Brut in New Troy 2020

26-29 June 2020

Brut conquers Britain and builds New Troy (London).

London, British Library, MS Harley 1808, fol. 30v. © British Library.

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The conference is organised by Professor Julia Marvin (University of Notre Dame) and Dr Jaclyn Rajsic (Queen Mary University of London).

The conference is made possible by generous support from the Henkels Lecture Fund, Institute for Scholarship in the Liberal Arts, College of Arts and Letters, University of Notre Dame, for which we are very grateful.

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About

From at least the twelfth until well into the seventeenth century, the 'standard' version of Britain's history held that the realm’s founder was an exiled descendant of Aeneas called Brutus (or Brut), who came to the island with a band of Trojans, conquered the hostile giants living there, and named the land 'Britain' (or 'Britannia') after himself. The moment that marks Brut’s transition from warrior to king is his foundation of the capital city of New Troy, later known as London.

Geoffrey of Monmouth's Historia regum Britanniae (c. 1136) first popularized this matter and offered a history of Britain until its conquest by the Saxons, thus giving rise to the long-lived and diverse Brut tradition of the 'legendary history' of Britain. In the high and late Middle Ages, on both sides of the Channel, lay and clerical writers translated and transformed Geoffrey's Historia according to their own interests and purposes, in prose and in verse, and in Latin, continental and Anglo-Norman French, English, Welsh, and several other European languages. Many of these writers extended the narrative far beyond its original conclusion, bringing the story past the fall of the ancient Britons and all the way up to contemporary times. Britain's legendary history continued to be reimagined after the medieval period. Writers as late as John Milton (in his 1677 History of Britain) and even Charles Dickens (in his 1851-53 Child’s History of England) continued to draw on the Brut tradition: its profound and lasting influence on conceptions of Britain’s earliest past cannot be overstated.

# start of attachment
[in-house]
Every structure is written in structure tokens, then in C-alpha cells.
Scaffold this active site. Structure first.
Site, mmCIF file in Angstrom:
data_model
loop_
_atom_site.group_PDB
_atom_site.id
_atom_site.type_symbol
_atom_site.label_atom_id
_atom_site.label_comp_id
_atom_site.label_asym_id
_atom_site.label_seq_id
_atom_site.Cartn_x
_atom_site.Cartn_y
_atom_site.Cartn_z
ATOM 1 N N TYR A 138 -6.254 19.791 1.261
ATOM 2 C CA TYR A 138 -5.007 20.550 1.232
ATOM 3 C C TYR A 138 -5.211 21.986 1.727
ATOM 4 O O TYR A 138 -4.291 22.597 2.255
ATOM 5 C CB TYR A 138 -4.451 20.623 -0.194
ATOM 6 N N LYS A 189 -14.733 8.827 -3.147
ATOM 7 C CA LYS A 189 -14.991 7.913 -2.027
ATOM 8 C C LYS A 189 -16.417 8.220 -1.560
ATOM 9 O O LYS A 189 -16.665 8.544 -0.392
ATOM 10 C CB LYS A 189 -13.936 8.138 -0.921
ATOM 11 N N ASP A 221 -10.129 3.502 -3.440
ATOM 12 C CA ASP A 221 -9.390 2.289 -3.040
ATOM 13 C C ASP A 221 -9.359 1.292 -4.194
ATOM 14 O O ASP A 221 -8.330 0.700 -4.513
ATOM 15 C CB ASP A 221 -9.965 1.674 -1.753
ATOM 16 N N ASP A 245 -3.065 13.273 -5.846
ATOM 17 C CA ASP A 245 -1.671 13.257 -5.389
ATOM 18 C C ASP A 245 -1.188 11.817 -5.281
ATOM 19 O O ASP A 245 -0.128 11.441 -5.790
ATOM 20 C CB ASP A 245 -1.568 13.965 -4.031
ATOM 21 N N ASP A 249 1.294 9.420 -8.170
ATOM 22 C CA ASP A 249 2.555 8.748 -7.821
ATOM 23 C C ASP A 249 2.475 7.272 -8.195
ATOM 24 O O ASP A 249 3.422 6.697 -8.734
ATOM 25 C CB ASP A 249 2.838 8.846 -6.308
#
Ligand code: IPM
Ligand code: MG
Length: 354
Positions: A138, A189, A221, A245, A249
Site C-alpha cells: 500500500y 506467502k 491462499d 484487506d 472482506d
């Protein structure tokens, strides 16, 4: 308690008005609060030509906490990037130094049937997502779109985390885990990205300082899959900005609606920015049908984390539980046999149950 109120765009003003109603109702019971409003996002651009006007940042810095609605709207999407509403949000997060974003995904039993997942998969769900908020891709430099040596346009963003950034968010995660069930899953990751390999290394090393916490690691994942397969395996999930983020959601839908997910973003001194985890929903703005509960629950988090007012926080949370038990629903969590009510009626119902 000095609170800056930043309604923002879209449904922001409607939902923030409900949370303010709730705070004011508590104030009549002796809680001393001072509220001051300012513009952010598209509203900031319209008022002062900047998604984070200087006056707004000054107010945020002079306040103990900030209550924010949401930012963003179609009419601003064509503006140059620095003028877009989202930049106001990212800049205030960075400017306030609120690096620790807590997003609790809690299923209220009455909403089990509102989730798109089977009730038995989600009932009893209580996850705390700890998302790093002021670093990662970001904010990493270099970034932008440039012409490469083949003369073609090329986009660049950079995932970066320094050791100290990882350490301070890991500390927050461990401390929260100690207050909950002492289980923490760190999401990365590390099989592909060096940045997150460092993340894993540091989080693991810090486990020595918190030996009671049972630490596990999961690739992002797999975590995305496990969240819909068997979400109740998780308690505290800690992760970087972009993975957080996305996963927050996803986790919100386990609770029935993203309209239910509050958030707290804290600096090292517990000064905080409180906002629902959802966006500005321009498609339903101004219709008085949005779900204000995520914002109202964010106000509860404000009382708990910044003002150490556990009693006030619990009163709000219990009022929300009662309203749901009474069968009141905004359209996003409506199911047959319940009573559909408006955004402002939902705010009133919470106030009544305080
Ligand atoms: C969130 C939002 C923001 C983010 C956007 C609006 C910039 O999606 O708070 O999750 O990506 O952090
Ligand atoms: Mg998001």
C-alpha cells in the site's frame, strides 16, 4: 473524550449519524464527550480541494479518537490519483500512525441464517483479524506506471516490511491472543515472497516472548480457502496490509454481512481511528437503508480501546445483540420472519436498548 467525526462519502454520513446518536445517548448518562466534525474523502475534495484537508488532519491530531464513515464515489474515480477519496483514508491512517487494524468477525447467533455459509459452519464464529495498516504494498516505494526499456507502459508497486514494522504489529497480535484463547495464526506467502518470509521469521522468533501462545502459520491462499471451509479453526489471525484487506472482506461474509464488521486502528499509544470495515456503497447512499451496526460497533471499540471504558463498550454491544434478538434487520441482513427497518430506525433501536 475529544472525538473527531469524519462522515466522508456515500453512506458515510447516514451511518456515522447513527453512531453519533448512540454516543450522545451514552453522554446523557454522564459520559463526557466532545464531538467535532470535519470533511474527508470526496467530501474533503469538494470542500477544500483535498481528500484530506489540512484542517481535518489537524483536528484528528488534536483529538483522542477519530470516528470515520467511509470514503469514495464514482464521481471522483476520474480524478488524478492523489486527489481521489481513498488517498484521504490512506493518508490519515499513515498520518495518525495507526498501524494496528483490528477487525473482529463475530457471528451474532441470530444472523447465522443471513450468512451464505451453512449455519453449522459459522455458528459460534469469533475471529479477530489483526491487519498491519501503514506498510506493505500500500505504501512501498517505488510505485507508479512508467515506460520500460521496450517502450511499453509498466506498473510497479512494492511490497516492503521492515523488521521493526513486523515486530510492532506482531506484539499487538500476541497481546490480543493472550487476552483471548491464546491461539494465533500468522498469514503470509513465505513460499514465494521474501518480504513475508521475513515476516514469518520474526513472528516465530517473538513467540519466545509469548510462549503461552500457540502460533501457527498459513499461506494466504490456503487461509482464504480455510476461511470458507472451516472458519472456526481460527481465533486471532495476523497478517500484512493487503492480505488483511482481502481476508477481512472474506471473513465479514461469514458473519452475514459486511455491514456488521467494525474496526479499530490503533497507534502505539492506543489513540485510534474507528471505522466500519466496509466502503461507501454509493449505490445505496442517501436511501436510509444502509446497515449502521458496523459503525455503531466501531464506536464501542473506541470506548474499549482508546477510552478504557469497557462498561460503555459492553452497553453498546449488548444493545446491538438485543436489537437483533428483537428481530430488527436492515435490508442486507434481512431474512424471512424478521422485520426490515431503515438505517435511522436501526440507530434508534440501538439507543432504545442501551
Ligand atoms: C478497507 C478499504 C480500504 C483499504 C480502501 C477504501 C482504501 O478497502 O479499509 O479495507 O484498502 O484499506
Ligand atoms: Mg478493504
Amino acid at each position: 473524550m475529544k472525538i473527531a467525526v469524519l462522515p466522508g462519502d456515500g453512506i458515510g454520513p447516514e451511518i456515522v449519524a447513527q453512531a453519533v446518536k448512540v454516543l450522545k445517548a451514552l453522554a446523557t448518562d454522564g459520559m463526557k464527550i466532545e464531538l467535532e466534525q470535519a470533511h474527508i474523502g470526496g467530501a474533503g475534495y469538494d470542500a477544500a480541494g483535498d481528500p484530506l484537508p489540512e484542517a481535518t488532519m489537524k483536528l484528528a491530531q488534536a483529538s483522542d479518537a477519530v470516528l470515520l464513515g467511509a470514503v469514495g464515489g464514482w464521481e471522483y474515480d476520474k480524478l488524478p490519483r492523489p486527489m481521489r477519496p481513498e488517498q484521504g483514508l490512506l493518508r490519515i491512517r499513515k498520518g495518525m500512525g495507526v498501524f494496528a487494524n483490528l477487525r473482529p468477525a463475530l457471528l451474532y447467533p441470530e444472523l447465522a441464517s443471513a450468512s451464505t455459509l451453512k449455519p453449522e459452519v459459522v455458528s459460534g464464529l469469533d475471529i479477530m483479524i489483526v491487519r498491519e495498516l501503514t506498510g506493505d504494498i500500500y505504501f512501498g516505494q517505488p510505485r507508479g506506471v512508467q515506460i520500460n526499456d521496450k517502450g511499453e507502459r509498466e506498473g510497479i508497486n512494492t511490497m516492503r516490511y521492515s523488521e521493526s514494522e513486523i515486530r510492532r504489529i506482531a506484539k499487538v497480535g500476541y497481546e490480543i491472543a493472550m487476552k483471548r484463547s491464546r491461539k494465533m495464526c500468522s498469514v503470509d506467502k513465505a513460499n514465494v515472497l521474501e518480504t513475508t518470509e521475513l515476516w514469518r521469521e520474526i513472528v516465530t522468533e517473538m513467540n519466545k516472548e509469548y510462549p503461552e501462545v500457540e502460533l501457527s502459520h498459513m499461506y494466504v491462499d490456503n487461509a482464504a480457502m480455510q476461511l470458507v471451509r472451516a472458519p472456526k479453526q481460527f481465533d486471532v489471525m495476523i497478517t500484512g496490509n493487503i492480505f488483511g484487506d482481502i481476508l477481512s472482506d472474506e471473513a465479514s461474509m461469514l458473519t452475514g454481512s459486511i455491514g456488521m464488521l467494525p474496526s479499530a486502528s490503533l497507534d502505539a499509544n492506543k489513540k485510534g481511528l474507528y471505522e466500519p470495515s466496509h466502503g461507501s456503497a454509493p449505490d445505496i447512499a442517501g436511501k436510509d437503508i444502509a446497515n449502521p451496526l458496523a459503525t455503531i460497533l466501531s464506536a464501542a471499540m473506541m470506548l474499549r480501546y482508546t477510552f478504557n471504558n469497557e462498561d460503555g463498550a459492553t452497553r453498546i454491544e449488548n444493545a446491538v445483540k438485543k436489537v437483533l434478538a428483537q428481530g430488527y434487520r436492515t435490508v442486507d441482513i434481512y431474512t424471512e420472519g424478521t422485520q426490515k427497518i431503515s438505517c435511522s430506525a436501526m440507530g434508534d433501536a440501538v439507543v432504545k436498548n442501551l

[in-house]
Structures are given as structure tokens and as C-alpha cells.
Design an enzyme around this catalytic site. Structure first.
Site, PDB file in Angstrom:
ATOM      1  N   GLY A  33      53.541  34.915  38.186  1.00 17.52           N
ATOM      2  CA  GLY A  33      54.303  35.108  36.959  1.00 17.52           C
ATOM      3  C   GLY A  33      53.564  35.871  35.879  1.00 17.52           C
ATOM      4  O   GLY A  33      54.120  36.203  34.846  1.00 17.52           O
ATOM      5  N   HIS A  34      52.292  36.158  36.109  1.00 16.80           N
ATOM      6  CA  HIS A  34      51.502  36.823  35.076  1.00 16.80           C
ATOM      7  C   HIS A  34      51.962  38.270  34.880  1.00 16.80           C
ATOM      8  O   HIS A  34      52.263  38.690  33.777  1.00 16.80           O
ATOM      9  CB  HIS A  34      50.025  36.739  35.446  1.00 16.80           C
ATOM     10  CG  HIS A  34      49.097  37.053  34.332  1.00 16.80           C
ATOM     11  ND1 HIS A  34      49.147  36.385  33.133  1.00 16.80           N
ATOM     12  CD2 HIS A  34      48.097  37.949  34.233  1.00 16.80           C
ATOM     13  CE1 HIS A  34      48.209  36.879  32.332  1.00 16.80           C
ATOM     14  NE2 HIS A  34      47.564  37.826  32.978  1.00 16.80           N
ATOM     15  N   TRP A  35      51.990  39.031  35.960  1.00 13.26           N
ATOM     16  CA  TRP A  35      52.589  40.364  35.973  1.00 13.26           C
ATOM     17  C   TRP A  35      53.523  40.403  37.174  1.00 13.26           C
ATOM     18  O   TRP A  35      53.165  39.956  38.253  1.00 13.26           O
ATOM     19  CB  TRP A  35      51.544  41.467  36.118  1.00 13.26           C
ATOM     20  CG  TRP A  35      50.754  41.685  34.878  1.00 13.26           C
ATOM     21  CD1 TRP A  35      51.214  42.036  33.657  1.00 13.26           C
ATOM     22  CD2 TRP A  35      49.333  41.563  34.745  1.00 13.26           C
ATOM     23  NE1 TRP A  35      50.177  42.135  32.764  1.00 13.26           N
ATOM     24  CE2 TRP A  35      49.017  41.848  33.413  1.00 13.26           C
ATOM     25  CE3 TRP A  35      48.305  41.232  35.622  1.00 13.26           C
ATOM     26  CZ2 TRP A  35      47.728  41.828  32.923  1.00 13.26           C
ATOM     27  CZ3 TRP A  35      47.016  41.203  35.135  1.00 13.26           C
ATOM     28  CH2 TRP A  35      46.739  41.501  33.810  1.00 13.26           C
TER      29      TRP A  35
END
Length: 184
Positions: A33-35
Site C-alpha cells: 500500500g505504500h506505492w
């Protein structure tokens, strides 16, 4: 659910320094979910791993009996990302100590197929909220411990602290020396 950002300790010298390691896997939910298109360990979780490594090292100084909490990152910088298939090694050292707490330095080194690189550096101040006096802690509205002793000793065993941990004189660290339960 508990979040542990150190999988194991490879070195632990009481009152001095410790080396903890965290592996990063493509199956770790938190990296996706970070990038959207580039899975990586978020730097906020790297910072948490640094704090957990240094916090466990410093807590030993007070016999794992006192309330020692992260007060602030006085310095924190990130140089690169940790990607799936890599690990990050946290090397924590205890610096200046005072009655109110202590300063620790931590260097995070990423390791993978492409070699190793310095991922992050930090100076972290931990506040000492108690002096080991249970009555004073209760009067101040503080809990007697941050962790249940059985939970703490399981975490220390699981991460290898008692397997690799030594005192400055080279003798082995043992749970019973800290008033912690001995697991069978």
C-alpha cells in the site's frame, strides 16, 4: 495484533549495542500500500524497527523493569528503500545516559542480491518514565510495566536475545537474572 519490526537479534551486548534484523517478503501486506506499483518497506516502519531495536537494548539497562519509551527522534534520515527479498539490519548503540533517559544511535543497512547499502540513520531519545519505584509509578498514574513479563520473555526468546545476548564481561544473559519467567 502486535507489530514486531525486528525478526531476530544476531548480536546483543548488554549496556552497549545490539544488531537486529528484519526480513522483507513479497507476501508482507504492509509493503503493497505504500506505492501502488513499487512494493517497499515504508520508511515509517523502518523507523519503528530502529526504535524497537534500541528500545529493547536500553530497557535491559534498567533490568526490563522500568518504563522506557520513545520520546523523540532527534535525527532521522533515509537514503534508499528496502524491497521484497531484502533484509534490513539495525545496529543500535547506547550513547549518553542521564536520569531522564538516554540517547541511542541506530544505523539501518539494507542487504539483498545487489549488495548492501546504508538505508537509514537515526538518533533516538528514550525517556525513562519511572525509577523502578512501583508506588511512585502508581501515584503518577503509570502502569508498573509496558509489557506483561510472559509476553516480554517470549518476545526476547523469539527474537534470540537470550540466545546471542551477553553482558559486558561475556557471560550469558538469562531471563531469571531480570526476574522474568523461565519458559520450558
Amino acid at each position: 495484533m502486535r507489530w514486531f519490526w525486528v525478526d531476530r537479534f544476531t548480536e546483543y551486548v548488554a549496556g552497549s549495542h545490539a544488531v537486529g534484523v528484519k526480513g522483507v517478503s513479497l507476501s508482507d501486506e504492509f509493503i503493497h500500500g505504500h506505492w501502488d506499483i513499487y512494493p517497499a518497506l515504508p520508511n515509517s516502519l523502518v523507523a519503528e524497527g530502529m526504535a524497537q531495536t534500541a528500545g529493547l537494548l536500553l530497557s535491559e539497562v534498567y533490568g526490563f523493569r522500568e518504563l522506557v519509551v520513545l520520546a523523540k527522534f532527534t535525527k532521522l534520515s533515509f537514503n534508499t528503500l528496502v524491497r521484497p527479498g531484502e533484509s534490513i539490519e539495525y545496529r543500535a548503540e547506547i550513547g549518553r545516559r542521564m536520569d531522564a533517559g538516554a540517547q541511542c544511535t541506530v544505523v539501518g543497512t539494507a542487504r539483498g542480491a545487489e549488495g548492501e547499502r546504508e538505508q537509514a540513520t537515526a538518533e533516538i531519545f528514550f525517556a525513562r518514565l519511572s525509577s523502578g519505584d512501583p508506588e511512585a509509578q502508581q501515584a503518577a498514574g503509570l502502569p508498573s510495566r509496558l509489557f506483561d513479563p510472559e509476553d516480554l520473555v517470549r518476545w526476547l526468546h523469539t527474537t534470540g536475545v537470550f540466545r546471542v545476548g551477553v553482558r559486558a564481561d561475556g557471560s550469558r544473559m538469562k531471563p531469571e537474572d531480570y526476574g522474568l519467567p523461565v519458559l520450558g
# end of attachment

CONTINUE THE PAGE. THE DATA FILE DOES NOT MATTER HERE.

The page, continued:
This conference is devoted to the study of the Brut tradition in all of its variety. It is the first scholarly conference about the Brut tradition as a whole. It aims to bring together established academics, early career scholars, and graduate students from around the world, working in a range of disciplines (e.g. English, French, Medieval and Modern Languages, Celtic Studies, History, Art History), providing a forum for comparative, multilingual, cross-period, and cross-disciplinary investigations of Brut-related texts and manuscripts, including early histories of Britain. It builds on the triennial meetings of the International Lawman’s Brut Society, and while Lawman's Brut remains an important subject of inquiry this event also seeks to bring many more Bruts under the spotlight, and at the very heart of New Troy. Ultimately, it aims to facilitate multi-disciplinary and international scholarly discussions and collaborations, and in so doing it hopes to help to transform the field of Brut studies.